Why Write Good Pull Requests?

By on in Development

What is a pull request?

Pull requests let you tell others about changes you’ve pushed to a branch in a repository on GitHub. Once a pull request is opened, you can discuss and review the potential changes with collaborators and add follow-up commits before your changes are merged into the base branch.

Github

Many development teams use pull requests as a way to control and socialize the code changes made for a given project. They serve as documentation for the development process as well as a tool to discuss and review the changes. They can also inform future developers about the reasoning behind a particular implementation or coding pattern by including notes about the current state of things when the pull request was originally submitted.

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Don’t Drop the Ball on the Demo

By on in Product Management

Every once in a while an embarrassing product demo gets captured in the media and we all hold our collective breath as the latest source of escalated hype plummets back down to the ground. A version of this happened a few weeks ago when Tesla attempted to show off the “armor glass” on its new Cybertruck model by slinging a metal ball at the window, leaving CEO Elon Musk blinking in the limelight as CRACK,  glass shattered to the floor.

Well, that was not supposed to happen…

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Ground Control to Major Tom: How to Excel in Remote Research

By on in Design, User Research

There is never a ‘good time’ to do research, but we can at least all agree when and why it is necessary for strategic product decisions. What happens when the only research you can fit in your project is remote – with participants and with a co-located team? Before you cringe, pull your hair, or just laugh – here are some techniques we learned during our recent engagement with DailyPay.

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The Best of Both Worlds: HTML Apps & Svelte

By on in Development, JavaScript, Open Source, Rails

At Carbon Five we try to be agile about our technology choices and pick the simplest tool for the job at hand. That means that even in 2019, the era of React and Redux and GraphQL and all the other fancy tools for client-side web applications, sometimes the best tool for our clients is a good old Rails app, serving HTML.

Often the vision for the project pushes us towards a Single Page Application instead — maybe the app is going to be highly interactive or include realtime data, or the client is already invested in a front-end framework. In those cases, of course, we’ll reach for React or Angular or Vue. But for the traditional CRUD app that just needs to show some data and let users update it, a small team of experienced Rails developers can get an idea to market incredibly quickly.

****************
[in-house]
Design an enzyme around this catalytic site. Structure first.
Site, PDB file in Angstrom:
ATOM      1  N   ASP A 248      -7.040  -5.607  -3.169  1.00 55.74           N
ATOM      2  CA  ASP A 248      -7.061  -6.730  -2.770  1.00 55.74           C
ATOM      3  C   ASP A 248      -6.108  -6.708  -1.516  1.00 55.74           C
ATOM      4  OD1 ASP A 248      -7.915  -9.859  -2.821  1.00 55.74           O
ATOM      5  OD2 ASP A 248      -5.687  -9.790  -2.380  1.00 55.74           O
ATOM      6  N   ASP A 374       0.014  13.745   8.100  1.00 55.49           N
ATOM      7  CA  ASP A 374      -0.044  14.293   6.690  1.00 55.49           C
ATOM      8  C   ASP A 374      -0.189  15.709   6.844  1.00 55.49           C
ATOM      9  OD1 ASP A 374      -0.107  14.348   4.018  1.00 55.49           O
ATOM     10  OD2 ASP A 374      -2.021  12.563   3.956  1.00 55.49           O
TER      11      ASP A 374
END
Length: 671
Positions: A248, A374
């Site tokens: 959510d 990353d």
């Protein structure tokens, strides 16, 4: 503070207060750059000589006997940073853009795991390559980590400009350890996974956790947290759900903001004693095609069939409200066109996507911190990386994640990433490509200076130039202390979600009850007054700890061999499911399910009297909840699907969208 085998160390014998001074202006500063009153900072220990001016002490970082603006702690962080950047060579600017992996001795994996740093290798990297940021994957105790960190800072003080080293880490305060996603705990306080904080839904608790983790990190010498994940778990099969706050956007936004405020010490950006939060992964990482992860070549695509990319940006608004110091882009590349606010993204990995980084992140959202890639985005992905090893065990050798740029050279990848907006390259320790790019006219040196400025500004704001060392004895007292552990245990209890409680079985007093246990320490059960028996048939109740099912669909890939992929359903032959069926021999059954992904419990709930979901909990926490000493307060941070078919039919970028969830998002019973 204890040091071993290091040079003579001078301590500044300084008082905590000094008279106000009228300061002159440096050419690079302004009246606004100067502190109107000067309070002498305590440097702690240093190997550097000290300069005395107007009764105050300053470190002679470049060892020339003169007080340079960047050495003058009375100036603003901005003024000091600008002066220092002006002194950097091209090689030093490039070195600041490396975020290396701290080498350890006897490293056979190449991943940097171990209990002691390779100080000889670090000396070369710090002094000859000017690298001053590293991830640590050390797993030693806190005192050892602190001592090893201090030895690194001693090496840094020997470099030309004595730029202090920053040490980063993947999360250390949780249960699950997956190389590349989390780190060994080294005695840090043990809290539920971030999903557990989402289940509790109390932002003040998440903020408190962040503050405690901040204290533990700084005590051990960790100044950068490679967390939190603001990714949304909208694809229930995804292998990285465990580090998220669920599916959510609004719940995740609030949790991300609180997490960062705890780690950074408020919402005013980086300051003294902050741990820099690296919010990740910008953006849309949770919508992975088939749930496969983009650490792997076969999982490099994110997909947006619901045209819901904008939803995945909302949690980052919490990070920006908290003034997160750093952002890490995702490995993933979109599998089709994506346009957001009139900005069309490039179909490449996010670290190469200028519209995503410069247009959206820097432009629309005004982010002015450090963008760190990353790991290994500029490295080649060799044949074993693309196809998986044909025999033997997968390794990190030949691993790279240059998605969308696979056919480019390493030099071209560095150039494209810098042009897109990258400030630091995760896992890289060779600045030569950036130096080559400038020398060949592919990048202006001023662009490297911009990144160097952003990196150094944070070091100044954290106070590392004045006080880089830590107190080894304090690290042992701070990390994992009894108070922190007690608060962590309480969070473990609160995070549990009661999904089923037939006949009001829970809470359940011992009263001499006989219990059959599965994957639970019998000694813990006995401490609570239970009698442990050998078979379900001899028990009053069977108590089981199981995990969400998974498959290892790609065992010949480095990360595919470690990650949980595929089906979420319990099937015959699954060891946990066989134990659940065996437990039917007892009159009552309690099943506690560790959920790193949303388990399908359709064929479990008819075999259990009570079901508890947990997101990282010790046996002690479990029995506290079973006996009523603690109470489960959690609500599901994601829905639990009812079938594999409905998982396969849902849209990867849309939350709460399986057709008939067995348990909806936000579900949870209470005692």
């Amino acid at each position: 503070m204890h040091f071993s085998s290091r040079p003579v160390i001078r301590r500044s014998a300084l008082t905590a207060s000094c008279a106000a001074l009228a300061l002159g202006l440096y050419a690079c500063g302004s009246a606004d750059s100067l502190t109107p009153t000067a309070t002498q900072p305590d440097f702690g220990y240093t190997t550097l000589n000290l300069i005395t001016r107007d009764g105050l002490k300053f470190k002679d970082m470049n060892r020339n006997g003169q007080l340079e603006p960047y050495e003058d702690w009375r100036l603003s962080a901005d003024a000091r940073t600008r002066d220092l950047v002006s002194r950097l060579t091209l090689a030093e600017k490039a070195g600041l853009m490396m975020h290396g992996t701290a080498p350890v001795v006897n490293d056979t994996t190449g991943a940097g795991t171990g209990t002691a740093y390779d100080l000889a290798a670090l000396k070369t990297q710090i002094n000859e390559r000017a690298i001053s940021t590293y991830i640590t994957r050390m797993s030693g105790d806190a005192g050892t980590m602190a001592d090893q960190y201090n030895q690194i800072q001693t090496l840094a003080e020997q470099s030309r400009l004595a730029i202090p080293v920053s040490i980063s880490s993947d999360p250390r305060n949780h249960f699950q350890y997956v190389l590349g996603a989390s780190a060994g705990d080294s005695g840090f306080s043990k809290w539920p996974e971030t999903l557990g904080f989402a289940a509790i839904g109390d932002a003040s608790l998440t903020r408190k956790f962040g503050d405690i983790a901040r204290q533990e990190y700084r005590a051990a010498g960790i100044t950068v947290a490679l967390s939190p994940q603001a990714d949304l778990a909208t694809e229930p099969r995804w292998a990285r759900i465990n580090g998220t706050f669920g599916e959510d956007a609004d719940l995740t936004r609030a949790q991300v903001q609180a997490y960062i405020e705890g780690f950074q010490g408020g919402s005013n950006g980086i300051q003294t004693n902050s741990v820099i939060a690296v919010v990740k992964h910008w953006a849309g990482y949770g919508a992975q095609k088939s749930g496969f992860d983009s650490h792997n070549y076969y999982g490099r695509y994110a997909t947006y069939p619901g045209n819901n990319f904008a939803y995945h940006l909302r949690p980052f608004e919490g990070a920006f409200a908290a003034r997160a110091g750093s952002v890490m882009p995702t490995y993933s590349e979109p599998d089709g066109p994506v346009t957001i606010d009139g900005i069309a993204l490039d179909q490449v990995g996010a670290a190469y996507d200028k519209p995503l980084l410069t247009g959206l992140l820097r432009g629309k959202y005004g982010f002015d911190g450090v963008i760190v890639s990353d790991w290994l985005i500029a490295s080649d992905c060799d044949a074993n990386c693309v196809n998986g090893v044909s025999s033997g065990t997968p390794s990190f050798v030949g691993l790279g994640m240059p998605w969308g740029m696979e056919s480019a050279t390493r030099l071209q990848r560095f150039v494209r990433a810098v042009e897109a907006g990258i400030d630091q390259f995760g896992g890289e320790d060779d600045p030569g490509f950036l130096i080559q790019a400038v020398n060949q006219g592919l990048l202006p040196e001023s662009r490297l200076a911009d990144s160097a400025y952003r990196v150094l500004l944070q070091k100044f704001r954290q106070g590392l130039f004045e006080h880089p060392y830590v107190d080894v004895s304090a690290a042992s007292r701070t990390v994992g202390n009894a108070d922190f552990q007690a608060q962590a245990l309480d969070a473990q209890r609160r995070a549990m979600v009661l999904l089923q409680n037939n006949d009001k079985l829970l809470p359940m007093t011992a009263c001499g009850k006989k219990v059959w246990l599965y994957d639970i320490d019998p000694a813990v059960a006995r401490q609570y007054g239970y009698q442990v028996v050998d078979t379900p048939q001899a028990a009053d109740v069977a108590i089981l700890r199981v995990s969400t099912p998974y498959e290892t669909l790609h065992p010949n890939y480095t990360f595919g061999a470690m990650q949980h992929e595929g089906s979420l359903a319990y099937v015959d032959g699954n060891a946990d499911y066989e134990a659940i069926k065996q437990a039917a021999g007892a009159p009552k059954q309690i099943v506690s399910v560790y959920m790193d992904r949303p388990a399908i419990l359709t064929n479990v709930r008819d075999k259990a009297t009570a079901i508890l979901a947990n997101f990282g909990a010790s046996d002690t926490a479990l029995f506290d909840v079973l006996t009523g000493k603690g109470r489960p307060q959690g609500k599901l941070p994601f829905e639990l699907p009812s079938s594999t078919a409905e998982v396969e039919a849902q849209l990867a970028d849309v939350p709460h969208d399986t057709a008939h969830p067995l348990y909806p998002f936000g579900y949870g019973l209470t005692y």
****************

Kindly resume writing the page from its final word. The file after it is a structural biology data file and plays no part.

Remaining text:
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Changes Requested

By on in Development, Process

Each team has their own tolerance for what is and is not a reason to request changes on a PR and block it from being merged. This may be rooted in process, fairness, and expediency, and may be a company or team decision. Whatever your personal philosophy may be, the team as a whole and often the company has to come to some sort of consensus as to what constitutes a reason to block a PR. Over time, I’ve gotten a little more “block happy” and I’m going to talk about some of the advantages and pitfalls of blocking, and give you a mega list of reasons you might want to block a PR.

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Map vs Path

By on in Design, Process

It’s a simple idea that can help your digital product take shape; when a user enters your system, do you hand them a map or a path? What’s the difference? Great question, and in this case, the metaphor is pretty literal.

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Optimizing Performance in React 16.8

By on in Development, JavaScript

In smaller projects, React offers snappy performance – the virtual DOM diffing means updates can happen quickly and for the most part, things just work. But, particularly when you’re dealing with large data sets, things can bog down as every render loop causes many unnecessary renders of components which have not actually changed.

React Dev Tools comes with a profiler that can help pin down the problem, and React 16.8 came with some features to make it easier to improve performance of functional components. But to use these tools effectively you need to know what the problem is and how to find the culprit.

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Creating a Data-Informed Culture – SF Product Talk Night Recap

By on in Events, Product Management

“Data is ubiquitous technology. We’re constantly collecting it, manipulating it, and trying to monetize it.” – Jess Starr, Product Manager, Okta

Carbon Five San Francisco hosted Product Talk Night to discuss the different ways data and business intelligence can impact product development and business growth. Our guest speakers included: 

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